3 ways the Vatican could allow divorced Catholics back to Communion
c. 2013 Religion News Service
(RNS) While the first months of Pope Francis’ pontificate have been marked by his attention to the poor and his “Who am I to judge” attitude on homosexuality, his pledge to tackle the ban on Communion for divorced and remarried Catholics could have the biggest impact for Catholics in the pews, especially in the U.S.
The current policy has caused what some call a “silent schism,” and bishops around the world concede that the ban has alienated untold numbers of Catholics and their families.
“I think this is the moment for mercy,” Francis told reporters when asked about remarried Catholics during a wide-ranging news conference on the plane back to Rome from Brazil in July.
Like the gay issue, Francis seems to favor a more pastoral approach to the equally perplexing question of “invalid” marriages — couples who remarry outside the church without getting an annulment, or those who do not get married in church in the first place.
In both cases, those Catholics are ineligible to receive Communion, which is the central sacrament of Catholic practice. For years, efforts have tried to convince Rome to try something new — appeals that the new pope seems ready to heed.
“We are on the way towards a deeper matrimonial pastoral care,” Francis said. “This is a problem for many people.”
In the U.S. alone, out of a total of nearly 30 million married Catholics, some 4.5 million are divorced and remarried without an annulment, according to Mark Gray at Georgetown University’s Center for Applied Research in the Apostolate.
Moreover, the number of Catholics marrying in the church and the number of annulments are steadily declining, which means that a growing number of Catholics are in “irregular” marriages and are technically barred from receiving Communion.
In North America and Europe, in particular, bishops have pushed the Vatican to at least discuss some reforms, but they have always been rebuffed. Some dioceses have initiated their own reforms. In the latest effort, the German Archdiocese of Freiburg recently announced policies aimed at allowing divorced and remarried Catholics to take Communion after prayer and consultation with a priest.
But when the Vatican announced in early October that Francis was calling hundreds of bishops to Rome next fall to discuss this issue and others related to the family, it also asked that individual dioceses not freelance their own solutions in order to avoid “generating confusion.”
So can this knotty problem finally be resolved? And how? Here are three possibilities that have emerged:
One: The “Orthodox Option”
Francis himself cited the practice in Eastern Orthodox churches of allowing, for various reasons, a second or even third marriage — and thus access to Communion — while still considering the first marriage sacramentally valid. Adopting that practice would require a change in Catholic practice but it could help avoid what is now a pastoral roadblock.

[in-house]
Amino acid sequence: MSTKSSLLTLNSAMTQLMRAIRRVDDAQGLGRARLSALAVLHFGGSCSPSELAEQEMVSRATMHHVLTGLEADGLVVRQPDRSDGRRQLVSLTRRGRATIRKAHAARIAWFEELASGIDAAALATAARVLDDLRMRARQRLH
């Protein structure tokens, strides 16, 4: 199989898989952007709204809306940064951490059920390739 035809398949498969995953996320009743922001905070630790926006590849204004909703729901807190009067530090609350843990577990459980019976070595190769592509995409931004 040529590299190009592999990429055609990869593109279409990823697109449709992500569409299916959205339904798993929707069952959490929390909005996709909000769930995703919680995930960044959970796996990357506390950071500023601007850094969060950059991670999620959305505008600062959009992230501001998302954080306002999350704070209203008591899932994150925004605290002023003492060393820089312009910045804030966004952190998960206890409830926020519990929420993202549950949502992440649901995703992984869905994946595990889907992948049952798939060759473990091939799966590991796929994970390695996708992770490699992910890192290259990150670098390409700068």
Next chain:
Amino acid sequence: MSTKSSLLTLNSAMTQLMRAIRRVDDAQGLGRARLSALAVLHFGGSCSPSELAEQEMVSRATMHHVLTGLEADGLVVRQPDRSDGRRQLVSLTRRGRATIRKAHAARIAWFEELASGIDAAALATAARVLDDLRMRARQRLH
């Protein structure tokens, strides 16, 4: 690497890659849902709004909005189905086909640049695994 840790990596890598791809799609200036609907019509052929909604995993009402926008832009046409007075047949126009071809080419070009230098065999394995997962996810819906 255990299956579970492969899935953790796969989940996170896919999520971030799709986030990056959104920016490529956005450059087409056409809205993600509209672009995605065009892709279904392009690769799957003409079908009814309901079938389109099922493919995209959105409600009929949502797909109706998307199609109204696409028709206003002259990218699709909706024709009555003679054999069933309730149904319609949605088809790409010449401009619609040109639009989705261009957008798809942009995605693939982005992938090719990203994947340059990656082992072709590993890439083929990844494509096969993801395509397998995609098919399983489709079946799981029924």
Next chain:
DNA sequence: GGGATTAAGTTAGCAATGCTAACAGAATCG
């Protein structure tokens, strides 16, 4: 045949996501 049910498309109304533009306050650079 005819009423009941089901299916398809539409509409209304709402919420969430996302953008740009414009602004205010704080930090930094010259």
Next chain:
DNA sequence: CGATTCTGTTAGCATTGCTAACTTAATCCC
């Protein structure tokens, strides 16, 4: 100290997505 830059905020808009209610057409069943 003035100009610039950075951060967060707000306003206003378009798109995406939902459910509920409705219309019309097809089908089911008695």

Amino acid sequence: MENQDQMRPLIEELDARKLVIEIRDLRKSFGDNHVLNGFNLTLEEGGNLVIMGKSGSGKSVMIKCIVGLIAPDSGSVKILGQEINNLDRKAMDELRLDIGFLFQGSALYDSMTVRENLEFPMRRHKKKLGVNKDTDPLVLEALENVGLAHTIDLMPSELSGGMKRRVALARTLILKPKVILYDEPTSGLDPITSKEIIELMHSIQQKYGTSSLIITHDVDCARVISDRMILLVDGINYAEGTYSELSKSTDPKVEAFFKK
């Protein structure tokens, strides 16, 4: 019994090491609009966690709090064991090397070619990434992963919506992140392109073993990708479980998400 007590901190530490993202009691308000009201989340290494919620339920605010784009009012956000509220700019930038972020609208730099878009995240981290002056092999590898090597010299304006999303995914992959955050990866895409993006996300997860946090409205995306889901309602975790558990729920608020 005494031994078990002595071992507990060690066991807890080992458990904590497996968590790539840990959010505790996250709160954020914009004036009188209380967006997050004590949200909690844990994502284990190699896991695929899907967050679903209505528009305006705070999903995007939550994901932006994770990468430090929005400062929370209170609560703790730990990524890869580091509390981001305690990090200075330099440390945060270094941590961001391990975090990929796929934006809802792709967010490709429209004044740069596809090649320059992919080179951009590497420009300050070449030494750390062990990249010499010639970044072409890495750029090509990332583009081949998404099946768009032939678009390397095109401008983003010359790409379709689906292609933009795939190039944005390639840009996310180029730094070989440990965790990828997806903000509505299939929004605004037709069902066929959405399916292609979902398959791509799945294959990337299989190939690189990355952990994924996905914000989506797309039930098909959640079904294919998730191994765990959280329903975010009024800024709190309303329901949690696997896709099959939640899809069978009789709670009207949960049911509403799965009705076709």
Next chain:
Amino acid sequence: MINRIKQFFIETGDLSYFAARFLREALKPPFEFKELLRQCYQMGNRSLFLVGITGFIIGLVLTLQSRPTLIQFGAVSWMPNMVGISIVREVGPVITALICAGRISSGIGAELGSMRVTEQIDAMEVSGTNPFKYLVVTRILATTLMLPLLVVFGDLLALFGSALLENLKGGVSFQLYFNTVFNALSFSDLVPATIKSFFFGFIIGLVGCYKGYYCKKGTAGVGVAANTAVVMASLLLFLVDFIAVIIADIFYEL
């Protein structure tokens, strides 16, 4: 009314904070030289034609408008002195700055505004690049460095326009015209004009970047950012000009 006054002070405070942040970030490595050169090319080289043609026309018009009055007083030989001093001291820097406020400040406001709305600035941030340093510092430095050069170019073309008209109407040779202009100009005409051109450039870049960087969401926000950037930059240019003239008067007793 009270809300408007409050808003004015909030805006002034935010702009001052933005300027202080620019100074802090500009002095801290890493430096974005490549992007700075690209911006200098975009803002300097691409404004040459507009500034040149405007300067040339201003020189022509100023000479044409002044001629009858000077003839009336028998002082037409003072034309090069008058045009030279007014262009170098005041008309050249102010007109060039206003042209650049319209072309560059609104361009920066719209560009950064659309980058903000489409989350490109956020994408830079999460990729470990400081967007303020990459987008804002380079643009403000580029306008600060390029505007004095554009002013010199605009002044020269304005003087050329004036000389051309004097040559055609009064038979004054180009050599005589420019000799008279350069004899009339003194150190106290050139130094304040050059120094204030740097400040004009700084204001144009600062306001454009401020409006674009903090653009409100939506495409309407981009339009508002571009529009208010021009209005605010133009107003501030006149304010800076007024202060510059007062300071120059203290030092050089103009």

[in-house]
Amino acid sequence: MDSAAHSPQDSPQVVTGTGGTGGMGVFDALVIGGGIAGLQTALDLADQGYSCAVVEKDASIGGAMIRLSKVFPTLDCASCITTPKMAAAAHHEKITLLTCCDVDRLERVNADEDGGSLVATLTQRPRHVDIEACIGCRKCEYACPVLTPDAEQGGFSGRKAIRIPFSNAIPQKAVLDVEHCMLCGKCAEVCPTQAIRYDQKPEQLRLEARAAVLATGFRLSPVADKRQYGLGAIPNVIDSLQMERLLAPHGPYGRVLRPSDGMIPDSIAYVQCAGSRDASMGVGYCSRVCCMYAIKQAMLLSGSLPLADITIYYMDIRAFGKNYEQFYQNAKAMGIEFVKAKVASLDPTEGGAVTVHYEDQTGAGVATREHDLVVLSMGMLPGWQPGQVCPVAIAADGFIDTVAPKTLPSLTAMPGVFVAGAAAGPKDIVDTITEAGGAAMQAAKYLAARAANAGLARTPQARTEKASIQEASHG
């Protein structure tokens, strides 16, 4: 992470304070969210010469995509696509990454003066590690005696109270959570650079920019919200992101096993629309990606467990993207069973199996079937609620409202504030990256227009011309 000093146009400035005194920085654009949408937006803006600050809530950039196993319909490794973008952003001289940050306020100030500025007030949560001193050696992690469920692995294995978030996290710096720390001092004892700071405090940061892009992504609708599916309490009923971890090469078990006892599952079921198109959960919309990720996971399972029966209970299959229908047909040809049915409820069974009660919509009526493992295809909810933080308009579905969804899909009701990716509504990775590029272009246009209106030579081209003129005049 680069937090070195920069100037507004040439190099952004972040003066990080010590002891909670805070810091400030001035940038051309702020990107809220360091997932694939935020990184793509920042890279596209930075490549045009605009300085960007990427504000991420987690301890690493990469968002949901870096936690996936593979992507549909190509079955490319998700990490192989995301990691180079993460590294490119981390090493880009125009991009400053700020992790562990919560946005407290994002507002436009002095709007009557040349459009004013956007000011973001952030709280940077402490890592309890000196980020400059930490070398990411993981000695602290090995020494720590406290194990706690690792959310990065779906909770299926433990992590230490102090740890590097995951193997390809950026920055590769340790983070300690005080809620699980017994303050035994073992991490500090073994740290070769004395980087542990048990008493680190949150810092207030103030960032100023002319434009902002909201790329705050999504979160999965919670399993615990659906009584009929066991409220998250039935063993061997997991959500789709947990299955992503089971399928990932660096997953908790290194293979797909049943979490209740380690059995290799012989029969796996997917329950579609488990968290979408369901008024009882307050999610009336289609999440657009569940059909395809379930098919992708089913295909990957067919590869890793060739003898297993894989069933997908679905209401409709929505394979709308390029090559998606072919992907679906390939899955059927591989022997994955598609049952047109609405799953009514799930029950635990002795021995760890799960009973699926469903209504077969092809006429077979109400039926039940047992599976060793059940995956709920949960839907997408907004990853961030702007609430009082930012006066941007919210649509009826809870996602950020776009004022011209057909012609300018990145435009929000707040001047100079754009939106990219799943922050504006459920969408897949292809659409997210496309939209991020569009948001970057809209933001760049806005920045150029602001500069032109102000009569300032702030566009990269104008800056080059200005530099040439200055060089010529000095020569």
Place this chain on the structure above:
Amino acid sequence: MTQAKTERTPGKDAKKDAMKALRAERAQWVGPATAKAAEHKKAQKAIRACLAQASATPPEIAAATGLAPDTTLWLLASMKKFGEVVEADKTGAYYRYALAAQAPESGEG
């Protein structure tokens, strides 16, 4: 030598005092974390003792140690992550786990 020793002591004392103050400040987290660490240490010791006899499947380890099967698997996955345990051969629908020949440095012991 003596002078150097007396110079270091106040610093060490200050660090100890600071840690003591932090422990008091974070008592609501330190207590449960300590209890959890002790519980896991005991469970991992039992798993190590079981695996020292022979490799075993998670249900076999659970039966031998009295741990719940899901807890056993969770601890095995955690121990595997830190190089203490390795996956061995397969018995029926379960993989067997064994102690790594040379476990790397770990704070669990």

“There would be a sympathetic view among most laity, clergy and bishops for something like that,” Bishop Kieran Conry of Arundel and Brighton told The Times of London.
Two: Let your conscience be your guide
Catholics have always had recourse to what is called the “internal forum,” that is, following their conscience on whether they are eligible to receive Communion even if they’re in an “irregular” marriage.
This is not intended as a “get out of jail free” card and should involve “a moral judgment of conscience that calls for serious personal reflection over a period of time,” as the Rev. James A. Coriden, a canon lawyer at the Washington Theological Union, put it in a detailed analysis in Commonweal magazine last year.
But if next October’s Vatican synod highlighted the “internal forum” option, church experts say it could go a long way toward teaching Catholics how an appeal to conscience can work, and could help remarried Catholics take part in church life without feeling like second-class citizens.
Three: Streamline the annulments process
Annulling a marriage in a church court can be a tortuous and expensive process that varies so widely from country to country that it raises questions of basic fairness. Indeed, two-thirds of the nearly 55,000 annulments granted by church tribunals around the world each year are in the U.S., even though American Catholics account for just 6 percent of the world’s Catholic population.
As Francis himself said, the process for annulments must be reviewed “because ecclesiastical tribunals are not sufficient.”
While the bishops who gather next fall could choose to adopt one or more of these three solutions, there are also powerful currents for maintaining the status quo.
For example, Roman officials have for years been trying to rein in annulments, not expand them, saying that tribunals — especially in the U.S. — are too quick to grant them.
Another warning sign: Amid rising speculation that change is coming, the Vatican’s top doctrinal official, Archbishop Gerhard Mueller, published a lengthy article in the Vatican newspaper on Oct. 22 that cast serious doubt on any prospects for reform.
Even an appeal to mercy for remarried Catholics — which Francis explicitly advocated — “misses the mark,” Mueller wrote in unusually direct language.
Given this pushback, said longtime Vatican watcher John Thavis, “it’s legitimate to wonder where the church is really headed: substantial change or another dead-end debate.”